> Anyway, if Python developers are not able to implement efficient
> multithreading in the interpreter because of the excessive performance
> impact and they don't decide to drop refcounting, saying "there's
> space for optimizations" looks like a safe bet; the source of the idea
> is what I've been taught in the course, but I'm also noticing this by
> myself.
> > Thanks for the interesting email, but unfortunately I don't have time to
> > answer right now (xmas is coming :-)), I just drop few quick notes:
> Yeah, for me as well, plus I'm in the last month of my Erasmus study time
> :-)
> >> Ok, just done it, the speedup given by indirect threading seems to be
> >> about 18% (see also above). More proper benchmarks are needed though.
> > that's interesting, thanks for having tried. I wonder I should try again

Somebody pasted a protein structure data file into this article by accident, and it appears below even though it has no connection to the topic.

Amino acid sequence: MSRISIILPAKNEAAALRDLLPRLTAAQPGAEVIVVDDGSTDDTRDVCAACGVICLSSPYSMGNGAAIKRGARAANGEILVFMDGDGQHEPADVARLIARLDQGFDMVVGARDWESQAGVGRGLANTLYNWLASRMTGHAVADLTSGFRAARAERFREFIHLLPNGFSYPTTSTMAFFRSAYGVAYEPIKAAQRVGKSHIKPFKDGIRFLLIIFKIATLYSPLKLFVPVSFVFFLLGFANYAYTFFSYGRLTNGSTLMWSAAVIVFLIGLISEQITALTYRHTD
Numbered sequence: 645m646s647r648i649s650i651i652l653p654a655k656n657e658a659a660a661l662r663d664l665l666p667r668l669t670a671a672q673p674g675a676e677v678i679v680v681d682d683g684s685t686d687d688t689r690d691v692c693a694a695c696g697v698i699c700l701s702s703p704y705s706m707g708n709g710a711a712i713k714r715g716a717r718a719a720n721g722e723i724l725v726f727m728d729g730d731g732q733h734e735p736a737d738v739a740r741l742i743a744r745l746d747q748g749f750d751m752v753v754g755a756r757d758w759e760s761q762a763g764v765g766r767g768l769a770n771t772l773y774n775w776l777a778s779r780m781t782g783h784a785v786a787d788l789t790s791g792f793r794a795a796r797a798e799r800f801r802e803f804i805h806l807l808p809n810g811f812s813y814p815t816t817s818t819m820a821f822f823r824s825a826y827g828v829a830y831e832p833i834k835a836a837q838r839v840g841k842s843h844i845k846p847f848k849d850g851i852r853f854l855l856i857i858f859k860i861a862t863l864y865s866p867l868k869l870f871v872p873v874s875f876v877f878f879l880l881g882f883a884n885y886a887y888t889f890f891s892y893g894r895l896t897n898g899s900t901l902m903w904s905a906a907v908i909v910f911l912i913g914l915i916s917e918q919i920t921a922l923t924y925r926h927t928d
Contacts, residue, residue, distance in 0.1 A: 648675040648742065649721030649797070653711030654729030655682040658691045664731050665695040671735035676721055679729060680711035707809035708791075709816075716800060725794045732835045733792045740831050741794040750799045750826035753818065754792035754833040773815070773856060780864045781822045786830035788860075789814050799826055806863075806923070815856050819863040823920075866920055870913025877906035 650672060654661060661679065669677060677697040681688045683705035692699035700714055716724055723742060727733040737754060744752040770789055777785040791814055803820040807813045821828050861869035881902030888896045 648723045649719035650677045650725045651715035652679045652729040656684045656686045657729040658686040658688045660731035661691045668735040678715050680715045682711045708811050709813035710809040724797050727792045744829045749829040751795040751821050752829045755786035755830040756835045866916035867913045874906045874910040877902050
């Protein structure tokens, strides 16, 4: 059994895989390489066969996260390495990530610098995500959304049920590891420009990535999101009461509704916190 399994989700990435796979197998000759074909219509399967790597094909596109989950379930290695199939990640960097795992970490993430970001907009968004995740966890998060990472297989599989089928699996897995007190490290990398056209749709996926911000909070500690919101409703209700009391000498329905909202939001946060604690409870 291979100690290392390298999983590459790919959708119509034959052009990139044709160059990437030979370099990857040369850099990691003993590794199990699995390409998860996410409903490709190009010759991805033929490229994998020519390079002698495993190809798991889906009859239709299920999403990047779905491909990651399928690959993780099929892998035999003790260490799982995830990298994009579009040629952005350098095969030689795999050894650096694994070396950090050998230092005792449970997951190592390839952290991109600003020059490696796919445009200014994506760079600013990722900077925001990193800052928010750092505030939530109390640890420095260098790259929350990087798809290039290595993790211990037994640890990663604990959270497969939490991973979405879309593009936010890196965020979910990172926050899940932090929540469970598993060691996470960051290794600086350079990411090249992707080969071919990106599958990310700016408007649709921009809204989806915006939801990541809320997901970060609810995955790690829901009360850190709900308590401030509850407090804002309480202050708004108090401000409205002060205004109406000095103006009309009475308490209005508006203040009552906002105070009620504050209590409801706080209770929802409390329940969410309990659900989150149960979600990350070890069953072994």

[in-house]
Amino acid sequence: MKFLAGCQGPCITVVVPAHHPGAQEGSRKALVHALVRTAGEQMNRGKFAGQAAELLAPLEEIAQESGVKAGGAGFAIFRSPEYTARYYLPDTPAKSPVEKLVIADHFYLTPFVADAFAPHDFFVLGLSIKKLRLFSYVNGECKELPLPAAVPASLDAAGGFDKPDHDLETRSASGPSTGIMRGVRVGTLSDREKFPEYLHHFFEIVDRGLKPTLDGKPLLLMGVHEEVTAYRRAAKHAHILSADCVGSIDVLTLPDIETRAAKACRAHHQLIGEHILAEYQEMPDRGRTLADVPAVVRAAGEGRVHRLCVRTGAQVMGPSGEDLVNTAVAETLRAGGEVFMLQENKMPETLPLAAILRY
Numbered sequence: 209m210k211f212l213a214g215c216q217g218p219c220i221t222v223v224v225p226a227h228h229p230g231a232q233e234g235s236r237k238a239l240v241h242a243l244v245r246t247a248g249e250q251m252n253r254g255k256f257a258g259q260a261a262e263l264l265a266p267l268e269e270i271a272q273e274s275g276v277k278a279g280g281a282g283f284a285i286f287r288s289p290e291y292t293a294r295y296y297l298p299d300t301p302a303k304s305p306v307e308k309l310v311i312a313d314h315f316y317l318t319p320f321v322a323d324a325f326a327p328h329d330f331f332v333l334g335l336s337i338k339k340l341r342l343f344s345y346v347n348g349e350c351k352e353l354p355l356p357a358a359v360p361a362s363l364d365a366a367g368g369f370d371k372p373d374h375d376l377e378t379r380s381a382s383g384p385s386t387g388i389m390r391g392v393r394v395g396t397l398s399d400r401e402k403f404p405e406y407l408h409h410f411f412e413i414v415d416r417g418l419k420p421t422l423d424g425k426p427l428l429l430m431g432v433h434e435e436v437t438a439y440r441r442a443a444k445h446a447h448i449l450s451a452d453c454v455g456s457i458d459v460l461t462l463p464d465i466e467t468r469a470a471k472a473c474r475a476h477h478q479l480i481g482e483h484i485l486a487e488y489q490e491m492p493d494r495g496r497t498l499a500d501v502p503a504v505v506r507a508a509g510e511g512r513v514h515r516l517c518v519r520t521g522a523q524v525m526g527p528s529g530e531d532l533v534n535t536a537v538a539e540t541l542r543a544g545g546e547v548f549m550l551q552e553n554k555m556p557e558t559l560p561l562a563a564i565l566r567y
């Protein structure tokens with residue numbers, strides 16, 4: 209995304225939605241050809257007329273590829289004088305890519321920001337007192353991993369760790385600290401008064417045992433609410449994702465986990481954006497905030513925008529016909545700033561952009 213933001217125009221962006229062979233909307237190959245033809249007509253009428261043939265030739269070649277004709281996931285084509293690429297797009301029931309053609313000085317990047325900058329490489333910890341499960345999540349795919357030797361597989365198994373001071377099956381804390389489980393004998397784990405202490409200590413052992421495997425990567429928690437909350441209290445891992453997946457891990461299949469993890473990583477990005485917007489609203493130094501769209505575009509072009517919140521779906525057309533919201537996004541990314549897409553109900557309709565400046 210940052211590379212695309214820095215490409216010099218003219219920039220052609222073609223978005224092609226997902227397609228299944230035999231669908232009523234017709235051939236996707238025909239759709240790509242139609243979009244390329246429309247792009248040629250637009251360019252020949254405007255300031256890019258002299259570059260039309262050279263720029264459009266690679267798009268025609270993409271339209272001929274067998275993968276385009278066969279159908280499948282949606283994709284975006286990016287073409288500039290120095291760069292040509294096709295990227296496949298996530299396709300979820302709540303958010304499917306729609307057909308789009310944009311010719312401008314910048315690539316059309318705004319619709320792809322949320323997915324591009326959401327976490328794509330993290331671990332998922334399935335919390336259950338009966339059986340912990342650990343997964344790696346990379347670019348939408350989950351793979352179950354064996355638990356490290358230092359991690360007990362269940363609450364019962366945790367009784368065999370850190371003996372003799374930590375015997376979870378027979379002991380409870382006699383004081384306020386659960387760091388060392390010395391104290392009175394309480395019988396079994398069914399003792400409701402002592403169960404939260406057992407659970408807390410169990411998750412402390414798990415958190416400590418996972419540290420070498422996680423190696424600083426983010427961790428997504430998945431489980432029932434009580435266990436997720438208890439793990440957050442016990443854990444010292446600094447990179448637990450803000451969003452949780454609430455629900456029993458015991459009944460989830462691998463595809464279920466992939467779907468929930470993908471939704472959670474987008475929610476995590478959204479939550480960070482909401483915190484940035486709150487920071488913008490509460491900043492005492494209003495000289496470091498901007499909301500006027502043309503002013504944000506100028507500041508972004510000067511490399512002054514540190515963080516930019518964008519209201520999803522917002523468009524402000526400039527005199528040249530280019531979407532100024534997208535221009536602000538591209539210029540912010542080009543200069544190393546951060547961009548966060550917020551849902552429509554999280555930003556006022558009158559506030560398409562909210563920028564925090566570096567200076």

> > with indirect threading in pypy soon or later.
> I would do it together with OProfile benchmarking of indirect branches
> and of their mispredictions (see the presentation for the OProfile
> commands on the Core 2 processor).
> > Btw, are the sources for your project available somewhere?
> They'll be sooner or later. There are a few bugs I should fix, and a
> few other interesting things to do.
> But if you are interested in trying to do benchmarking even if it's a
> student project, it's not feature complete, and it's likely buggy, I
> might publish it earlier.
> >> And as you say in the other mail, the overhead given by dispatch is
> >> quite more than 50% (maybe).
> > no, it's less.
> Yeah, sorry, I remember you wrote geninterp also does other stuff.
> > 50% is the total speedup given by geninterp, which removes
> > dispatch overhead but also other things, like storing variables on the
> stack
> I wonder why that's not done by your stock interpreter - the CPython
> frame object has a pointer to a real stack frame; I'm not sure, but I
> guess this can increase stack locality since a 32/64-byte cacheline is
> much bigger than a typical stack frame and has space for the operand
> stack (and needless to say we store locals on the stack, like JVMs
> do).
> The right benchmark for this, I guess, would be oprofiling cache